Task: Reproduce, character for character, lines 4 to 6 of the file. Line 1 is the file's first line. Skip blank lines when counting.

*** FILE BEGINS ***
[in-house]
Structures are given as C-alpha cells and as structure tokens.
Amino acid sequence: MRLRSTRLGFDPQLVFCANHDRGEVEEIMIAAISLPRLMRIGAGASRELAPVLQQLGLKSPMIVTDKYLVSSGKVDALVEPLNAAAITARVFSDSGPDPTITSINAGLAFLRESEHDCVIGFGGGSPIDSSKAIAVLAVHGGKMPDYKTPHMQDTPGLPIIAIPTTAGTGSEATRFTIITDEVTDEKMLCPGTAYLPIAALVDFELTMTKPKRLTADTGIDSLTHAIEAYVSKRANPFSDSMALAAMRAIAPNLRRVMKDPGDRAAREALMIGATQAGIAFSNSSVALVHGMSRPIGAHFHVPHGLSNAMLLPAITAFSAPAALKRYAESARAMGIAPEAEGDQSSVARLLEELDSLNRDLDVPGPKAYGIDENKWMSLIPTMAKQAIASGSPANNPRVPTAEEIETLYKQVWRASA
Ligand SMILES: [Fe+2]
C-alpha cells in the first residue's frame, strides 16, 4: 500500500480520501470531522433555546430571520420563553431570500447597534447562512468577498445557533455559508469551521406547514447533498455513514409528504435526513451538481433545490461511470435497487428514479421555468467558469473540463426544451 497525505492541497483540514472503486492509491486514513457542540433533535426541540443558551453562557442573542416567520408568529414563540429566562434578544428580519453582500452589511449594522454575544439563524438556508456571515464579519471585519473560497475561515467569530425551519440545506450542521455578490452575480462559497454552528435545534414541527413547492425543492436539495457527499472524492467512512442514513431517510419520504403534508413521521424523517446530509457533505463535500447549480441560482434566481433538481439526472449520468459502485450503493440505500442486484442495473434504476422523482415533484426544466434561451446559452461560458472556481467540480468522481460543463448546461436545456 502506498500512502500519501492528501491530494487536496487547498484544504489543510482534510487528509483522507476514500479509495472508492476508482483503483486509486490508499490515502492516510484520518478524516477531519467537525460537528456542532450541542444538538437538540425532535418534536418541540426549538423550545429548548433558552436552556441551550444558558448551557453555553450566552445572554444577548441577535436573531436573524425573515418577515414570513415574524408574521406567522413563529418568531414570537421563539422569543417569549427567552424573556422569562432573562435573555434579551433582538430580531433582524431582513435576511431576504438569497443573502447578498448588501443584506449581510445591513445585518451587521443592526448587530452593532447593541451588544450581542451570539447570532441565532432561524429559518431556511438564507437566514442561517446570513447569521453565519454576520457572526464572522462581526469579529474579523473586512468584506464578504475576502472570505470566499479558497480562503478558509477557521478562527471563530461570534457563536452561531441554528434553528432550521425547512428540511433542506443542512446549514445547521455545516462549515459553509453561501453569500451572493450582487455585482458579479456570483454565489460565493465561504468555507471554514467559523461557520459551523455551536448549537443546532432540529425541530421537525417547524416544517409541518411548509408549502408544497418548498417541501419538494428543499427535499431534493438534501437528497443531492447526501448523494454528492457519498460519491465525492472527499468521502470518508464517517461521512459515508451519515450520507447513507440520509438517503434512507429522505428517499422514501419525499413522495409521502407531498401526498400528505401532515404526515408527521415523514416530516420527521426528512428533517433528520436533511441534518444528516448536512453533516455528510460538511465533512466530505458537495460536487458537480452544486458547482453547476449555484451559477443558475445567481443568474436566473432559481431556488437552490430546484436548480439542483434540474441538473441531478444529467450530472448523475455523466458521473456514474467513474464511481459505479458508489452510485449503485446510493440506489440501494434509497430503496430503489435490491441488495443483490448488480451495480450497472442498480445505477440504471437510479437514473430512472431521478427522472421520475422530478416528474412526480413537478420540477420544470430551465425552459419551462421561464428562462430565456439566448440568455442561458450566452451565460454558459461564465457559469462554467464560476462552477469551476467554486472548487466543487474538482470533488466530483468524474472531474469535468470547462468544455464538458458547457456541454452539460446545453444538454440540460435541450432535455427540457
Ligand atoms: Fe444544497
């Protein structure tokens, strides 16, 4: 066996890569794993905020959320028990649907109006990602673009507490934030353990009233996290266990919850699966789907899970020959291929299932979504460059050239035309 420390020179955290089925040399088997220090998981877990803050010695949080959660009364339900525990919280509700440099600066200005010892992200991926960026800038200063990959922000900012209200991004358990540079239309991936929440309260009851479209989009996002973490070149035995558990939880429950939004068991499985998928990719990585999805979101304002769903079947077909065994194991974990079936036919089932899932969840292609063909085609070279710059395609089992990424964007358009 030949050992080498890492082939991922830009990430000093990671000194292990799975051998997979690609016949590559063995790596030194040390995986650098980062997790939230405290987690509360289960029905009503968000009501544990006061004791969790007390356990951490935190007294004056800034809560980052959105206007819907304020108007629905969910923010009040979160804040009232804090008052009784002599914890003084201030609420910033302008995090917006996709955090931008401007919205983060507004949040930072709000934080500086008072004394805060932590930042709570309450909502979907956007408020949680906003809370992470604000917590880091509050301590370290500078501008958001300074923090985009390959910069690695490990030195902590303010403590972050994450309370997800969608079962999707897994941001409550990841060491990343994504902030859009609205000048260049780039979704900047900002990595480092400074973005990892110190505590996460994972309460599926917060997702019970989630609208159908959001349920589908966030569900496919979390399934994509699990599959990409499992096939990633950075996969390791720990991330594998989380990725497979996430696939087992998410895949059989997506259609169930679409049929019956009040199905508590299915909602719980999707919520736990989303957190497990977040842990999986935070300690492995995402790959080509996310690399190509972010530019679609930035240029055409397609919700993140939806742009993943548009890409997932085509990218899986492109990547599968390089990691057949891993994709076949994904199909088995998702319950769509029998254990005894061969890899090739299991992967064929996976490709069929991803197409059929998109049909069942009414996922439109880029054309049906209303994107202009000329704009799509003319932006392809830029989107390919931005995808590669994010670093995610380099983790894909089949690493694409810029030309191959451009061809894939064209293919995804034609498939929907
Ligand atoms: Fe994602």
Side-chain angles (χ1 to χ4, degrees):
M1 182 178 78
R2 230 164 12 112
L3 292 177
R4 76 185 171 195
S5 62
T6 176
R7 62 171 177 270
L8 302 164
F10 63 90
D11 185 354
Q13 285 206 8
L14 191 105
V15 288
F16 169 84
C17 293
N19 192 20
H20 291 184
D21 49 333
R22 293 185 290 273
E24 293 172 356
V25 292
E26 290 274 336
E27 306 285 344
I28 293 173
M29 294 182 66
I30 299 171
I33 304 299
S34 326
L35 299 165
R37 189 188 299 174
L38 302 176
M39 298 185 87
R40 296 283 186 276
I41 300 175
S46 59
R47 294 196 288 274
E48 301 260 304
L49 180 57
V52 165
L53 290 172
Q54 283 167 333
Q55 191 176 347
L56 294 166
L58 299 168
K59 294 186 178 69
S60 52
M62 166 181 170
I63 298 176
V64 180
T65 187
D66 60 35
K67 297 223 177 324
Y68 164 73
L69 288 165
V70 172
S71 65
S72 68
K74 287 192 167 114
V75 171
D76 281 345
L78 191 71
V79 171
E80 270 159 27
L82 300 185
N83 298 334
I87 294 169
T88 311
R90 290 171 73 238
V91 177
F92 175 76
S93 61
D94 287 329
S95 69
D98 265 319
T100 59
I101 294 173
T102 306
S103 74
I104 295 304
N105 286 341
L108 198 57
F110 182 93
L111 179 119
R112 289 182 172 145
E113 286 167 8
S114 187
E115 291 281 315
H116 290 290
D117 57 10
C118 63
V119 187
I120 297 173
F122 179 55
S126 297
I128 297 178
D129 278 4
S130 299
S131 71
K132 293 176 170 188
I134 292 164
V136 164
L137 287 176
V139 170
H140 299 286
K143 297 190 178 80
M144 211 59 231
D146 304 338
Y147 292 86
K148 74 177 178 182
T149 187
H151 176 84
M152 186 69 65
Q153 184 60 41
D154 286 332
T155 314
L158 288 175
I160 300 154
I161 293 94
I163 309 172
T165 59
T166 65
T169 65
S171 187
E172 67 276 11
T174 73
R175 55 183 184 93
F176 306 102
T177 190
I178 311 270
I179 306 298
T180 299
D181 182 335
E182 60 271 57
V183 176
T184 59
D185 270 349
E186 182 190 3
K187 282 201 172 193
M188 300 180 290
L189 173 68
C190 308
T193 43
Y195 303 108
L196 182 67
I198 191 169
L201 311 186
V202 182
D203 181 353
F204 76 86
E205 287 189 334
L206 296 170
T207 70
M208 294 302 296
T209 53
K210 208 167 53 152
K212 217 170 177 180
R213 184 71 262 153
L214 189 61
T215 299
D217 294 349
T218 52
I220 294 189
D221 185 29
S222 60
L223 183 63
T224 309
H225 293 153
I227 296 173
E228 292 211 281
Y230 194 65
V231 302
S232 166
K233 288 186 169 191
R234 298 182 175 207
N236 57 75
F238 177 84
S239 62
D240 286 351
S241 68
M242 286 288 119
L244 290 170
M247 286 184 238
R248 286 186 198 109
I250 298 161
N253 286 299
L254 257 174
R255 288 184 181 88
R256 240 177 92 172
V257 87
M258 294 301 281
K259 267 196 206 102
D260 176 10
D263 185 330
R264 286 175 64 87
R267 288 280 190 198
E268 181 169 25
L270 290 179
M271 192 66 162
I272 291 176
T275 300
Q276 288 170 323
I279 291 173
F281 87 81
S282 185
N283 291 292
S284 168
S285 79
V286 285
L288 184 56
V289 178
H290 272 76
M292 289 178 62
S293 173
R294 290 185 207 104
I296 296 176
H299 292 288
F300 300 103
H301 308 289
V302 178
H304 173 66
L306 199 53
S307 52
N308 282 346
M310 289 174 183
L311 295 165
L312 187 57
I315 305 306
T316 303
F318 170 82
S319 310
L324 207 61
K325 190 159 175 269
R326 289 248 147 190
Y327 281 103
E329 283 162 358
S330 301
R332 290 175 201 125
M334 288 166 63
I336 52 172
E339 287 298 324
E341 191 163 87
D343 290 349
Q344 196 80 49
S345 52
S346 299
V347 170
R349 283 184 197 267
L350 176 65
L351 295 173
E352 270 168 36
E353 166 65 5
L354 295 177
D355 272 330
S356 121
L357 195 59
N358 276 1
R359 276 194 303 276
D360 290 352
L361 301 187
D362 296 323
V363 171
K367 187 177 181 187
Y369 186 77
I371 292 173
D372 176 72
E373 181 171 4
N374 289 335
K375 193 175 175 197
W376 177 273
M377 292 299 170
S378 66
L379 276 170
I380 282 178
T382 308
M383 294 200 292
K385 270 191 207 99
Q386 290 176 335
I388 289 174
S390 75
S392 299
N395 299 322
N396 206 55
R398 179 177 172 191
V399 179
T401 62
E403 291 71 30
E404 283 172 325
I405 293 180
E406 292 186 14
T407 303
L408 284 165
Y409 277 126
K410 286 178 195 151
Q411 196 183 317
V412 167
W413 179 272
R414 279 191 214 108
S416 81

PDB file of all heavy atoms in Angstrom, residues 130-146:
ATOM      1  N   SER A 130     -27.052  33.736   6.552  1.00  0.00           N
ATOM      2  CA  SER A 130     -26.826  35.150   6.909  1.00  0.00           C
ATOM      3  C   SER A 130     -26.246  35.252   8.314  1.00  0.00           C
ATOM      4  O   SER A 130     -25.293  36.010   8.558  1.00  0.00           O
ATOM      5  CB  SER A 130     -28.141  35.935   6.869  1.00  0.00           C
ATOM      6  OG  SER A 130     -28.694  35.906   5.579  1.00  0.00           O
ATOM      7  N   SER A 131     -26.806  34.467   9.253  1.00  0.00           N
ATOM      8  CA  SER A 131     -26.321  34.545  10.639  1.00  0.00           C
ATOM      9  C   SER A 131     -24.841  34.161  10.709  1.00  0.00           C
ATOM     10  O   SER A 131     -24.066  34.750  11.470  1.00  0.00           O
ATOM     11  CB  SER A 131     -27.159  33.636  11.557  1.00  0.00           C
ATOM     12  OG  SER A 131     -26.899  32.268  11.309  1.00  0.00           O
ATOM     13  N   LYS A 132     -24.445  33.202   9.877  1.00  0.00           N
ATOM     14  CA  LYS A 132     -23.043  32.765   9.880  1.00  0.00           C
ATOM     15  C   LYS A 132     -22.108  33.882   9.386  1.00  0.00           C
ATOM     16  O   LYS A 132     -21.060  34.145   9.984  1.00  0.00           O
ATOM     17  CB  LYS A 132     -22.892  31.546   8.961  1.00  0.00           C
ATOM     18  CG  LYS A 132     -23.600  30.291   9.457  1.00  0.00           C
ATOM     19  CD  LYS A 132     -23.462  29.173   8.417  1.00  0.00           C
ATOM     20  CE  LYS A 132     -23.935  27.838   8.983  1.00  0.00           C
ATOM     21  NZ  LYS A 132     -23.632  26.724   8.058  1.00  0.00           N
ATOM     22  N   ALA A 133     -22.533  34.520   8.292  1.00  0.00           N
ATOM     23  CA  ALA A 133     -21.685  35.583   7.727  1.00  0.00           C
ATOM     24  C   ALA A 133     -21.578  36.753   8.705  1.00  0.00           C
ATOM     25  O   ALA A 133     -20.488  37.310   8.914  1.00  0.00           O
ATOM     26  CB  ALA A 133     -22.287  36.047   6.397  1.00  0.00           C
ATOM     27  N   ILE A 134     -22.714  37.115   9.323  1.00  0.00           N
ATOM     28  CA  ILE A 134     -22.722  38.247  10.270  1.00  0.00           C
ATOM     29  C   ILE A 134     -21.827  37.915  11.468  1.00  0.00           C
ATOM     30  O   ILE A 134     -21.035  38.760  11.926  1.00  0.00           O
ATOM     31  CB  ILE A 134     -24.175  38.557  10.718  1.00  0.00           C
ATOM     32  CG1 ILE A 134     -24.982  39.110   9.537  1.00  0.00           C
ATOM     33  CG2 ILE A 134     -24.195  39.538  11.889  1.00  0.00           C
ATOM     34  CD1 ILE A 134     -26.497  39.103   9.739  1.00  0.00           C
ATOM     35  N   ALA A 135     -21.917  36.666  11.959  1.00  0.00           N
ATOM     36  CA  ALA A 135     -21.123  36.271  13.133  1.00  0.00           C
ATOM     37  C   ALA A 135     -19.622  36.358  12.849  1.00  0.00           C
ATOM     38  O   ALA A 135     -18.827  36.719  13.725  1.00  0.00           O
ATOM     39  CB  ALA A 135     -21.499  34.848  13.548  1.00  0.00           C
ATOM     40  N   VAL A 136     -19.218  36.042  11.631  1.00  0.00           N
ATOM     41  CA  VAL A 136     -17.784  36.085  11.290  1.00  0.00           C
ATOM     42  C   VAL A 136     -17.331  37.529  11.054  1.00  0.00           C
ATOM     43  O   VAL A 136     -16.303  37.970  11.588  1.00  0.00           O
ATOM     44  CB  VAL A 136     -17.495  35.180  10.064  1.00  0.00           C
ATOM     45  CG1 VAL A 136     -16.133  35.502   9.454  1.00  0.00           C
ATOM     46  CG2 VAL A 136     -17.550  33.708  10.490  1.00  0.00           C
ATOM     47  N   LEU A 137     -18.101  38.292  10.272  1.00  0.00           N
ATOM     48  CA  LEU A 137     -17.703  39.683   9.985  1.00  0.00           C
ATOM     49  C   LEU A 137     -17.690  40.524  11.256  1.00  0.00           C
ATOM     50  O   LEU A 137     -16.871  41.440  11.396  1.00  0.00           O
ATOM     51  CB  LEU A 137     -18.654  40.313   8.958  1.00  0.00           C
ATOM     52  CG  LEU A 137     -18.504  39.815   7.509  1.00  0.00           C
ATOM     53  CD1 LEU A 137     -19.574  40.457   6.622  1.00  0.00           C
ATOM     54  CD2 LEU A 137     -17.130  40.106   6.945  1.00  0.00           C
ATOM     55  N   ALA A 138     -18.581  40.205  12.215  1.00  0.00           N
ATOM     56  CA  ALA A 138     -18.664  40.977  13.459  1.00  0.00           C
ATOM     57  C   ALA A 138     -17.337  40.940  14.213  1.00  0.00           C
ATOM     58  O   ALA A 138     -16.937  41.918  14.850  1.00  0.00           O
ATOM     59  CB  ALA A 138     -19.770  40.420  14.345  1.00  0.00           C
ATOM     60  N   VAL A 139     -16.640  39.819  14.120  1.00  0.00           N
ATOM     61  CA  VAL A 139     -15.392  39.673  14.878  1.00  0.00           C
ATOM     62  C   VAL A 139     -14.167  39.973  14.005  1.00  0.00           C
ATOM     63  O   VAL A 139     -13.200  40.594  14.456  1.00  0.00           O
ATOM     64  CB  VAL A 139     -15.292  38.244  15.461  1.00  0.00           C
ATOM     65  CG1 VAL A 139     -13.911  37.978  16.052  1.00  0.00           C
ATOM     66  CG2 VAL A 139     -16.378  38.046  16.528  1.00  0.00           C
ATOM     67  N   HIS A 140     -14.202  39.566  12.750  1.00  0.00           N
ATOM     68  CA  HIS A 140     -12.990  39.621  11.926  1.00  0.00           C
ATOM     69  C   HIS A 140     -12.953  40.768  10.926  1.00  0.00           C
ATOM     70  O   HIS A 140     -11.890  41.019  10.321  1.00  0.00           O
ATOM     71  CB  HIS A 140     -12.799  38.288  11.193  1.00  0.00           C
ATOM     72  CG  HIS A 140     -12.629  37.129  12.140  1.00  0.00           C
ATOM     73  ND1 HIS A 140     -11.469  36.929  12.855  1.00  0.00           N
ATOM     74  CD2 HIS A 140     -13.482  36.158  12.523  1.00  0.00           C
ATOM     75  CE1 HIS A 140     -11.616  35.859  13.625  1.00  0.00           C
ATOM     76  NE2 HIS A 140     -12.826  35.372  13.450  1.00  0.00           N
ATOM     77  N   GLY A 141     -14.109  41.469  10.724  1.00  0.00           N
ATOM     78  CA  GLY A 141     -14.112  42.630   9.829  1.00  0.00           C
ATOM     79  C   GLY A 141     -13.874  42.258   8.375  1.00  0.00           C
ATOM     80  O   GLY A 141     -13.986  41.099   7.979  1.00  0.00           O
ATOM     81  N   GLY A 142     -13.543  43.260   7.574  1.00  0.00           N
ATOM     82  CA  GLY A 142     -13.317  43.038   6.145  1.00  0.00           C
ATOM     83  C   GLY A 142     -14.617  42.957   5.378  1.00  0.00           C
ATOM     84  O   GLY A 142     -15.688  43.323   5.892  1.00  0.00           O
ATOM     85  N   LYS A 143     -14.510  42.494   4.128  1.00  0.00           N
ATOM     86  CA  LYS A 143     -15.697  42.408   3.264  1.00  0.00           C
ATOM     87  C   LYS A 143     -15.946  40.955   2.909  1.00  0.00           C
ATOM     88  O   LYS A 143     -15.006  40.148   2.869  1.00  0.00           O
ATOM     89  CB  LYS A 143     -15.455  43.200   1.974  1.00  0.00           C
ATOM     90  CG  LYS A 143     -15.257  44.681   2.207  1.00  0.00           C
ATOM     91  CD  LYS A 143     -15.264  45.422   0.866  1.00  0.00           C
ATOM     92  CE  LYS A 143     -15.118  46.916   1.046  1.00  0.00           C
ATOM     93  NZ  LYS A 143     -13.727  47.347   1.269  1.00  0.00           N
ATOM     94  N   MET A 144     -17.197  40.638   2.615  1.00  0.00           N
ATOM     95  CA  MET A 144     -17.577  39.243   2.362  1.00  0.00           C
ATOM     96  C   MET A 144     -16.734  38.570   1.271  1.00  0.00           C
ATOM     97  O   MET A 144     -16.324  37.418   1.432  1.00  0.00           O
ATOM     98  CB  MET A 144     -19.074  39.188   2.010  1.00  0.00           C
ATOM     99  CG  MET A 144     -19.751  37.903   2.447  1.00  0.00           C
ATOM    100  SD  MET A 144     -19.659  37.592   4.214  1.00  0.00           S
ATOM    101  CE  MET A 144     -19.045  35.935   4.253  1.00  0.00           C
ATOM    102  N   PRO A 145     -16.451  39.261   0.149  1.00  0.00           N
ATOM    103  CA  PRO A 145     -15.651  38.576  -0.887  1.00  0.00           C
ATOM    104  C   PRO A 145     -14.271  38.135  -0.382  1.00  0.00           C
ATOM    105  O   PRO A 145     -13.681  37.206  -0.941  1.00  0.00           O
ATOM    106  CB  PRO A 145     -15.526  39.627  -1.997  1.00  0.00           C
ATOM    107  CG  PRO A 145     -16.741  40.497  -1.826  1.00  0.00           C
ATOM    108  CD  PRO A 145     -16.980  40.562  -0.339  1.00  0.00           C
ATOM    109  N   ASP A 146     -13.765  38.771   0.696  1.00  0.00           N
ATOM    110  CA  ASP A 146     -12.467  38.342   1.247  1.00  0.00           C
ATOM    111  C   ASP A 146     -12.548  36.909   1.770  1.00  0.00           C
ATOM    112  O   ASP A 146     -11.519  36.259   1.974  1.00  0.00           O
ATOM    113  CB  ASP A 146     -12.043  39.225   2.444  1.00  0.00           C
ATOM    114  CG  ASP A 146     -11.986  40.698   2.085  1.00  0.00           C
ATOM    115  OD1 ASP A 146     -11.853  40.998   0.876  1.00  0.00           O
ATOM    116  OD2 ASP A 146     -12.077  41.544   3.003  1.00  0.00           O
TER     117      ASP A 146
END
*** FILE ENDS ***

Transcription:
Ligand SMILES: [Fe+2]
C-alpha cells in the first residue's frame, strides 16, 4: 500500500480520501470531522433555546430571520420563553431570500447597534447562512468577498445557533455559508469551521406547514447533498455513514409528504435526513451538481433545490461511470435497487428514479421555468467558469473540463426544451 497525505492541497483540514472503486492509491486514513457542540433533535426541540443558551453562557442573542416567520408568529414563540429566562434578544428580519453582500452589511449594522454575544439563524438556508456571515464579519471585519473560497475561515467569530425551519440545506450542521455578490452575480462559497454552528435545534414541527413547492425543492436539495457527499472524492467512512442514513431517510419520504403534508413521521424523517446530509457533505463535500447549480441560482434566481433538481439526472449520468459502485450503493440505500442486484442495473434504476422523482415533484426544466434561451446559452461560458472556481467540480468522481460543463448546461436545456 502506498500512502500519501492528501491530494487536496487547498484544504489543510482534510487528509483522507476514500479509495472508492476508482483503483486509486490508499490515502492516510484520518478524516477531519467537525460537528456542532450541542444538538437538540425532535418534536418541540426549538423550545429548548433558552436552556441551550444558558448551557453555553450566552445572554444577548441577535436573531436573524425573515418577515414570513415574524408574521406567522413563529418568531414570537421563539422569543417569549427567552424573556422569562432573562435573555434579551433582538430580531433582524431582513435576511431576504438569497443573502447578498448588501443584506449581510445591513445585518451587521443592526448587530452593532447593541451588544450581542451570539447570532441565532432561524429559518431556511438564507437566514442561517446570513447569521453565519454576520457572526464572522462581526469579529474579523473586512468584506464578504475576502472570505470566499479558497480562503478558509477557521478562527471563530461570534457563536452561531441554528434553528432550521425547512428540511433542506443542512446549514445547521455545516462549515459553509453561501453569500451572493450582487455585482458579479456570483454565489460565493465561504468555507471554514467559523461557520459551523455551536448549537443546532432540529425541530421537525417547524416544517409541518411548509408549502408544497418548498417541501419538494428543499427535499431534493438534501437528497443531492447526501448523494454528492457519498460519491465525492472527499468521502470518508464517517461521512459515508451519515450520507447513507440520509438517503434512507429522505428517499422514501419525499413522495409521502407531498401526498400528505401532515404526515408527521415523514416530516420527521426528512428533517433528520436533511441534518444528516448536512453533516455528510460538511465533512466530505458537495460536487458537480452544486458547482453547476449555484451559477443558475445567481443568474436566473432559481431556488437552490430546484436548480439542483434540474441538473441531478444529467450530472448523475455523466458521473456514474467513474464511481459505479458508489452510485449503485446510493440506489440501494434509497430503496430503489435490491441488495443483490448488480451495480450497472442498480445505477440504471437510479437514473430512472431521478427522472421520475422530478416528474412526480413537478420540477420544470430551465425552459419551462421561464428562462430565456439566448440568455442561458450566452451565460454558459461564465457559469462554467464560476462552477469551476467554486472548487466543487474538482470533488466530483468524474472531474469535468470547462468544455464538458458547457456541454452539460446545453444538454440540460435541450432535455427540457
Ligand atoms: Fe444544497